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If I were to buy/build a large still, that was air tight, and could hold a vacuum, and filled the reservoir with vegetable glycerin (which has a boiling point higher than the majority or desired organic compounds) and I made the atmospheric pressure inside less than normal atmospheric pressure, could I distill chemicals out of organic matter without altering them? Such as distilling willow bark to get an aspirin containing solution, or distill mint leaves without changing the chemical composition of the medicinal compounds in the plant/organic matter?

This could be a cool project. It would enable us to explore further into natural medicine. But would this procedure work?

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  • $\begingroup$ I'm not sure I agree with your statement that "this would enable us to explore further into natural medicine" since distillation, even under vacuum, has been around for over a hundred years. $\endgroup$ – bobthechemist Aug 14 '13 at 20:21
  • $\begingroup$ I don't know the exact proportions, but I think you'd need a truckload of bark to extract the aspirin. There's a reason that people began synthesizing these substances artificially! :) $\endgroup$ – jonsca Aug 14 '13 at 21:06
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In general the answer would be no.

While there are many distillable compounds you could extract this way (not sure how many medicinal ones, though) there are many more that would decompose or simply not be easily extracted.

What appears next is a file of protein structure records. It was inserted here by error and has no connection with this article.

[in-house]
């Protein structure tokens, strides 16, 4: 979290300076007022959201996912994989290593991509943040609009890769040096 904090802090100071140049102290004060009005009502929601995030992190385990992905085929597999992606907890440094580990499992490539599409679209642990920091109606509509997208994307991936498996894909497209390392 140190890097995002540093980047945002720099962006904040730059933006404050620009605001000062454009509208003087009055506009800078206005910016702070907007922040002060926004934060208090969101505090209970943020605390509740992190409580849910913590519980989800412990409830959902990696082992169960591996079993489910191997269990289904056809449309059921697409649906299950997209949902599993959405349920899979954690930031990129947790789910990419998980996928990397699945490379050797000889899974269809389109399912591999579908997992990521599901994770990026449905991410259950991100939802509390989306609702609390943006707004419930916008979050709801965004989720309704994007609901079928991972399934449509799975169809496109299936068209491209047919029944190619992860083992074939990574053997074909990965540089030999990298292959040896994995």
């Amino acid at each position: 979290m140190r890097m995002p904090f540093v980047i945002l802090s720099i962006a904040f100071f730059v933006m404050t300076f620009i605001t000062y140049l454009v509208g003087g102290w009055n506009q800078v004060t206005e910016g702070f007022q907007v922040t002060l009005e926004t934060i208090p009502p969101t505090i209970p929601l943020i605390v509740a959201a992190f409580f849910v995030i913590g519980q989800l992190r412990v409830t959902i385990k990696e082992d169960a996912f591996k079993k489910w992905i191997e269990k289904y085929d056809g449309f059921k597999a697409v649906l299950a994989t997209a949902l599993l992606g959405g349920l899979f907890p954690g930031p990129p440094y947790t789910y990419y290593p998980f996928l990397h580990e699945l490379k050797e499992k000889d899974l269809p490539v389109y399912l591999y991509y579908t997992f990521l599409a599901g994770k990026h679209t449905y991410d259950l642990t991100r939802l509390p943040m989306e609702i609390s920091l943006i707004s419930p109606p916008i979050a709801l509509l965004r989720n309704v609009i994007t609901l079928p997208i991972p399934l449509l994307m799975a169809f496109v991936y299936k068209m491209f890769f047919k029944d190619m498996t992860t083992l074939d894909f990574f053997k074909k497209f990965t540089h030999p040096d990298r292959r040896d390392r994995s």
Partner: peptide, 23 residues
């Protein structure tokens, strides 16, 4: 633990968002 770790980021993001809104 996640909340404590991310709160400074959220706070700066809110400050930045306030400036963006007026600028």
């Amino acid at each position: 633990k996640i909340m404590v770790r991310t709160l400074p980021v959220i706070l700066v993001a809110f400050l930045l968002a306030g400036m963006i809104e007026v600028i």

This is why there are many other ways chemists commonly extract things from mixture or from plants. For example, if you wanted to extract caffeine from coffee or from coffee beans, you could use solvent-based extraction (methylene chloride works well, for example, and has been used in industrial processes to create decaffeinated coffee). There is no single easy solution, though, and often much trial and error will be required to find the right solvent to differentially extract what you want.

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Look up the industrial process. Organic essences are usually steam distilled or pot-to-pot durped, or liquid CO2 or liquidn propane/butane extracted. We're not making hash oil, are we?

http://www.fao.org/inpho_archive/content/documents/vlibrary/ad420e/img/AD420e26.gif http://www.seanmichaelragan.com/img/radial_alembic_diagram.png

There is no aspirin in willow bark, there is salicylic acid. Since you can buy everything at high purity for less than small scale process costs, unless you own a planted acre, why bother?

Two differences between "natural" and "synthetic." 1) If the molecule is chiral, the synthetic product will be racemic. R-(–)-carvone is spearmint, its mirror image S-(+)-carvone is caraway. Big difference. 2) "Natural" contains radioactive carbon-14: 540 Bq/kg carbon. Anything made from petroleum or coal is long since decayed cold.

Ignorance is not a form of knowing things, nor is faith. The only empiricially valid solutions are engineering solutions.

http://www.erowid.org/archive/rhodium/chemistry/equipment/pictures/nomograph.gif

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Not really. There are too many different types of compounds for only one procedure to work. If it was that easy there wouldn't be so many different ways of preparing extracts.

Try to take one plant/compound to work with at a time.

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